Are non-compete agreements signed in one state legally binding in another?

UPDATED: Jul 27, 2011

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UPDATED: Jul 27, 2011Fact Checked

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Are non-compete agreements signed in one state legally binding in another?

I signed a non-compete agreement for a company in NC 4 years ago. The company is based in NC and I’m an outside sales rep based out in TX and work out of my home and cover the whole state. The agreement is based only on NC law to the best of my understanding. Before I took this job I worked for this company’s largest competitor for 2 years and since they did not ask me to sign a non-compete that was never an issue.

Asked on July 27, 2011 Texas


M.T.G., Member, New York Bar / FreeAdvice Contributing Attorney

Answered 11 years ago | Contributor

Please take your agreement to an attorney to review.  When you say that it is based upon North Carolina law you mean the following:

 In general a valid non-competition agreement in North Carolina will have to:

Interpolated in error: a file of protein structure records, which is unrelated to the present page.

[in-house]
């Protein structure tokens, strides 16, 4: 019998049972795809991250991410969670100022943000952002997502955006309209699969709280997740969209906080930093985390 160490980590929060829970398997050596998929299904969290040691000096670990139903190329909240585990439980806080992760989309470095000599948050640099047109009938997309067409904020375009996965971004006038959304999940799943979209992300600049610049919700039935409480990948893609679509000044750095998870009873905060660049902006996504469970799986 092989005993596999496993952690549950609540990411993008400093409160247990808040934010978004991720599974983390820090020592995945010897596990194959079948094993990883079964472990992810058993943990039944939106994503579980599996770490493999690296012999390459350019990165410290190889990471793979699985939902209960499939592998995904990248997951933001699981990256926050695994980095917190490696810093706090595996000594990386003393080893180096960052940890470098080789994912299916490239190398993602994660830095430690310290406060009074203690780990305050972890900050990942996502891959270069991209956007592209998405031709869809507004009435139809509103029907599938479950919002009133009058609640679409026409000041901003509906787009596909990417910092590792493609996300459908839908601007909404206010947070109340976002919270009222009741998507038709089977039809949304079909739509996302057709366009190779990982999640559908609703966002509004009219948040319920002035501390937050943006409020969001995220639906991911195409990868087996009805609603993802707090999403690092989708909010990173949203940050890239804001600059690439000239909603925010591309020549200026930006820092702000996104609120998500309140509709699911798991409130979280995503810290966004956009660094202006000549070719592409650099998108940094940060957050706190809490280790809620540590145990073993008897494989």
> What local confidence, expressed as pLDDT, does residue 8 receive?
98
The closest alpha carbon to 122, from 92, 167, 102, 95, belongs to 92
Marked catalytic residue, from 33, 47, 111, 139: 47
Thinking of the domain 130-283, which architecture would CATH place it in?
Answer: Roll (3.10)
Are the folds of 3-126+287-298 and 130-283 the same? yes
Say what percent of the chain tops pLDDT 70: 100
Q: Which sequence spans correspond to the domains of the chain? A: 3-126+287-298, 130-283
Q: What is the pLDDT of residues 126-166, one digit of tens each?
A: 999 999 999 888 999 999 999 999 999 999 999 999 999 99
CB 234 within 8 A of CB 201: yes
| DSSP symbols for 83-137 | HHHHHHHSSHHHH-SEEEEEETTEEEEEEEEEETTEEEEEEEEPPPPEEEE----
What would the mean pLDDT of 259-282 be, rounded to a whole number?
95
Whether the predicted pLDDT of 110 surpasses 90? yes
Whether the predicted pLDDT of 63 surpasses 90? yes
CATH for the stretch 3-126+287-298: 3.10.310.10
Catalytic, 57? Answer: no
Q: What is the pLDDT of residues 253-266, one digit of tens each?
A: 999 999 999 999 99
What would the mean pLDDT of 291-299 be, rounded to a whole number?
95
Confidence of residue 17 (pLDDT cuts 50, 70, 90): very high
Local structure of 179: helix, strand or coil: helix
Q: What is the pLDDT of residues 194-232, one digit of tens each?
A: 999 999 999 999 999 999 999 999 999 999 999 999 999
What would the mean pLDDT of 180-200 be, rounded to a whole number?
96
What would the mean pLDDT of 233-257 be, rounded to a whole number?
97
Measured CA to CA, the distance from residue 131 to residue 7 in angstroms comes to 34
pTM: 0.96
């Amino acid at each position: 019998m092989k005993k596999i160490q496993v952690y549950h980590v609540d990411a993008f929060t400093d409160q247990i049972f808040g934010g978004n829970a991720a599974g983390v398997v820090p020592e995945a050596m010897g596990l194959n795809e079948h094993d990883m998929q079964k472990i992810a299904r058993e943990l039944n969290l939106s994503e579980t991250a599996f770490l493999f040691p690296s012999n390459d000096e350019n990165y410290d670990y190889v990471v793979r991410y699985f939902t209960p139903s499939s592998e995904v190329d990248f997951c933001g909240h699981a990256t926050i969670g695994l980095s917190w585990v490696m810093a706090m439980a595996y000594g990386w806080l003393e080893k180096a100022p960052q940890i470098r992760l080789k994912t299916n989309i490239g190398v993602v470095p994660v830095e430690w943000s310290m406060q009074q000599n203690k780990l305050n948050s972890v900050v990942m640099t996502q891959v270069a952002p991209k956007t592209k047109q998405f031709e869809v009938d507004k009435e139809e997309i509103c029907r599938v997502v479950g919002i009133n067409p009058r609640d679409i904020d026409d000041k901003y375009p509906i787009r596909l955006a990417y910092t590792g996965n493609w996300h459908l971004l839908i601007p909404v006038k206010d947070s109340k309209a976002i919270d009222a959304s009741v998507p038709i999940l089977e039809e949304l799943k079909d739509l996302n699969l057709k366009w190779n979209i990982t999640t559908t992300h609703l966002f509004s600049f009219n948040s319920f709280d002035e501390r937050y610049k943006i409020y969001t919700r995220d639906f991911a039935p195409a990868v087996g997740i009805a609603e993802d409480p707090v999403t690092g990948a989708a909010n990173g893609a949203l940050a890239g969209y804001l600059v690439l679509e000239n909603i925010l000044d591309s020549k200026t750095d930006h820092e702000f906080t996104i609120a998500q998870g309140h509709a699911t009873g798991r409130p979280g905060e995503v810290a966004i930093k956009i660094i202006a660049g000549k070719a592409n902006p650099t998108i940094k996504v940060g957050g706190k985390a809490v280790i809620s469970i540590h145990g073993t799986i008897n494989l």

•be in writing;
•be reasonable in scope, duration and territory;
•protect a legitimate business interest;
•be consistent with public policy
•offer the employee something in return for the employee’s promise not to compete with the employer.

However, you live in Texas and in recent years, Texas has gone from being a very anti-non compete-agreement state to a relatively pro-enforcement state.  The company would seek to enforce the agreement against you in Texas and it is my understanding that there has been relatively new case law on the subject.  So go and see an attorney.  Good luck.


IMPORTANT NOTICE: The Answer(s) provided above are for general information only. The attorney providing the answer was not serving as the attorney for the person submitting the question or in any attorney-client relationship with such person. Laws may vary from state to state, and sometimes change. Tiny variations in the facts, or a fact not set forth in a question, often can change a legal outcome or an attorney's conclusion. Although has verified the attorney was admitted to practice law in at least one jurisdiction, he or she may not be authorized to practice law in the jurisdiction referred to in the question, nor is he or she necessarily experienced in the area of the law involved. Unlike the information in the Answer(s) above, upon which you should NOT rely, for personal advice you can rely upon we suggest you retain an attorney to represent you.

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